He’s also pretty useless. It’s partially the point- he’s the Boy That Will Be King, so we’re supposed to be seeing him when he’s not the powerful monarch that we all know him. That’s a given, but the problem is that they leaned a little too heavily on that concept. Not only does Arthur have to be bailed out of every single situation, he’s not very bright, and has three different voices.


Pictured: Arthur’s voices

That’s not a joke. Midway through production, the kid they cast to voice Arthur was visited by the Puberty Fairy and his voice dropped. So they cast his two younger brothers to fill in.

But don’t worry, you get to hear the original voice make the same “falling noise” multiple times. It’s this same “whoa… wait… woaaah!” over and over. We’ll get into the why of that later but just something I wanted to bring that up because it annoys me. It’s like they decided they liked the Willham Scream and decided to use it over and over again.


One more thing, I promise.

Merlin had a pet owl named Archimedes, and technically he belongs in the “Supporting Characters” section, but I kind of went overboard there so I’m putting it here because after Merlin blows himself to Bermuda…


… Archimedes sort of slots into the position of Arthur’s sidekick, supplying him with guidance and aiding him in his troubles. He starts the film as sort of stand offish but becomes a real solid supporting character and serving as a fantastic foil to both Arthur and Merlin.

In short, what I’m trying to say is that Archimedes is awesome and he pretty much is the second or third greatest owl in cinematic history. Obviously Hedwig is also one of those two…

But this guy’s tops


Total: 5/10


Love Story

  • Character Interaction 0
  • Importance To Overall Plot 0
  • Complexity 0
  • Pulls At Heartstrings 0
  • Overcomes Obstacles 0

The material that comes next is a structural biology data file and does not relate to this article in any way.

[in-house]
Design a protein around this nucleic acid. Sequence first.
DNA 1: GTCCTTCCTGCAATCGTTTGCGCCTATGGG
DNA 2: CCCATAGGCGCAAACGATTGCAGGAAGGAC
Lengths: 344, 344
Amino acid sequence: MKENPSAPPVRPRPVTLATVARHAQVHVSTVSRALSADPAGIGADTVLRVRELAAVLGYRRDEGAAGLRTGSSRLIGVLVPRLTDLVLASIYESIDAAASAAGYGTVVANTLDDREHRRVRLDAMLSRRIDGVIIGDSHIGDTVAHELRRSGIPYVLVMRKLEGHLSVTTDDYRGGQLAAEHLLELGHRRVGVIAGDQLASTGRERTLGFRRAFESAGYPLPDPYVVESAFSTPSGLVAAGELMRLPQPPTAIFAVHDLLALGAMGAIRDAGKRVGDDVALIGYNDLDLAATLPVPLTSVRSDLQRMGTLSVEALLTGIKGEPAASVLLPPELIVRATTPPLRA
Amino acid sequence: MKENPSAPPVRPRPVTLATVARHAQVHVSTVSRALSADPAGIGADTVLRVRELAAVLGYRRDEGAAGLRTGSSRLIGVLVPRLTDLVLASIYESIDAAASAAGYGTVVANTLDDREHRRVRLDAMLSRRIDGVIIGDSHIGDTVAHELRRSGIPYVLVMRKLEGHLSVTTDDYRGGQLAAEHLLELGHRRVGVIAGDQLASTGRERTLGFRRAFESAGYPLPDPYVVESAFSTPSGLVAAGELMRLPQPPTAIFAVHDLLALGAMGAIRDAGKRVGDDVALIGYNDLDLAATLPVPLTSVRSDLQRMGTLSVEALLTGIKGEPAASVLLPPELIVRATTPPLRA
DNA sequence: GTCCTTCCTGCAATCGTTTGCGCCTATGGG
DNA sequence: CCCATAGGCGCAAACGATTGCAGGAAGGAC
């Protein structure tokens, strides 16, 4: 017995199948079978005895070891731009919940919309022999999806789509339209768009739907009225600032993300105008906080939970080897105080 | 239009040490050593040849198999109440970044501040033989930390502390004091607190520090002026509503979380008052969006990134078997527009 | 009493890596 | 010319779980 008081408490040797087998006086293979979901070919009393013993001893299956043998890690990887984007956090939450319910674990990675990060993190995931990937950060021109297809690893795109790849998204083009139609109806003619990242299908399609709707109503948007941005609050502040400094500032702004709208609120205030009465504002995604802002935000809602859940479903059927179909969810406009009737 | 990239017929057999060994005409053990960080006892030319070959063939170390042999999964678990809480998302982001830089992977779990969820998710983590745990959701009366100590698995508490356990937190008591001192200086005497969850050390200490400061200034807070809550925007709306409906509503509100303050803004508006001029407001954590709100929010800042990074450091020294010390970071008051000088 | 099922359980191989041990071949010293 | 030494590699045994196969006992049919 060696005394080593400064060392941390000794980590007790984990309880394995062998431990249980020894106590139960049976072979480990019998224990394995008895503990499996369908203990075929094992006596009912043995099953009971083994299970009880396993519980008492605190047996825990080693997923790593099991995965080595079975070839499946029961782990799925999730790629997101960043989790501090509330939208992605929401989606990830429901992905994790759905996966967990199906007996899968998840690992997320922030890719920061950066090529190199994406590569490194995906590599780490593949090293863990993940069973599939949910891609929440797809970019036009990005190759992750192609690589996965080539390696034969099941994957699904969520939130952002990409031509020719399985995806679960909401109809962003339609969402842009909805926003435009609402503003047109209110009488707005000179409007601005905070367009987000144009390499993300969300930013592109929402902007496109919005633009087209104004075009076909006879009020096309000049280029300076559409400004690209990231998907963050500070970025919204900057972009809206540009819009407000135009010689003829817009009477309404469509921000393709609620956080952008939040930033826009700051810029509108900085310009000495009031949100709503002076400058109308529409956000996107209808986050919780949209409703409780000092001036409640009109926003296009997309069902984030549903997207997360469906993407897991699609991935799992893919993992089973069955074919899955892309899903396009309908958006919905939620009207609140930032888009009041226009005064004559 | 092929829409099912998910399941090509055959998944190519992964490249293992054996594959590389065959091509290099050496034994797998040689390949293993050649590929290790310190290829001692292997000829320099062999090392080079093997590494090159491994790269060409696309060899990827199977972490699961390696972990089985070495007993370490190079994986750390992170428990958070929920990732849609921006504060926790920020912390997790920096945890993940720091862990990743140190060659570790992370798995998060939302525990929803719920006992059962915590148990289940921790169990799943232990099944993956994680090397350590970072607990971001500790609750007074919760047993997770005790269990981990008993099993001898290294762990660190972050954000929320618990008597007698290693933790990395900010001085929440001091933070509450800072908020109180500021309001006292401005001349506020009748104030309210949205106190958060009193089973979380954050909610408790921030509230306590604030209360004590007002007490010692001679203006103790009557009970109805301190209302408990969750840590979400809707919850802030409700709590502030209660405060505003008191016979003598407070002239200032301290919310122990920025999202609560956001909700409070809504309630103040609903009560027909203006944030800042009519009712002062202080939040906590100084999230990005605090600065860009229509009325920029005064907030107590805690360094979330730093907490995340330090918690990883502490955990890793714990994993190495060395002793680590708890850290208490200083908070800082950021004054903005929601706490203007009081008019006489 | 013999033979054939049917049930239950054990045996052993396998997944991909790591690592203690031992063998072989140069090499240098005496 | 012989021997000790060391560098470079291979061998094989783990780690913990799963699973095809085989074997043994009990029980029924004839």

We’re not going to spend a lot of time here. There isn’t a love story in this film. There’s an entire song about love and attraction, but there isn’t a love story to talk about. Merlin likes Arthur just fine but he abandons him part way through the film. Arthur’s “family” Kay and Ector don’t care about him at all.

The closest thing there is to love is a poor girl squirrel that falls in love with Arthur when he’s in squirrel form and then has her heart broken when he turns back into a boy. And for what it’s worth… the scene where she’s crying over losing the object of her affection is genuinely emotional… which is weird cause she’s a squirrel and sort of a nuisance toward Arthur… and she’s a squirrel.

I mean… I suppose it’s not so far fetched, the entire basis of Disney is that we can emotionally connect with a Mouse. But Mickey never made any of us feel sad.

Oh jeez…

Total: 0


  • Quality of Animation 1.5
  • Use Of Color 1
  • House Style 1
  • Character Design 1
  • Breaks New Ground 0

As discussed before, Walt had largely detached himself from the animated features, and it really, painfully shows in this category.

The character lines are rougher than in 101 Dalmatians, the colors are more muted and dull, and they reuse animation.

Now Disney has a history of doing stuff like that. They’ve done it throughout their filmography.


But they almost never do it in the same movie. At least they didn’t until The Sword In The Stone. On more than one occasion, we get Arthur and Kay falling or performing actions with the same animation, this is similar to reusing Arthur’s falling voice. It’s just sad because this is the company that invented the animated feature and set the bar for quality. Yet now it’s come to this. And unfortunately, there’s more of that to come.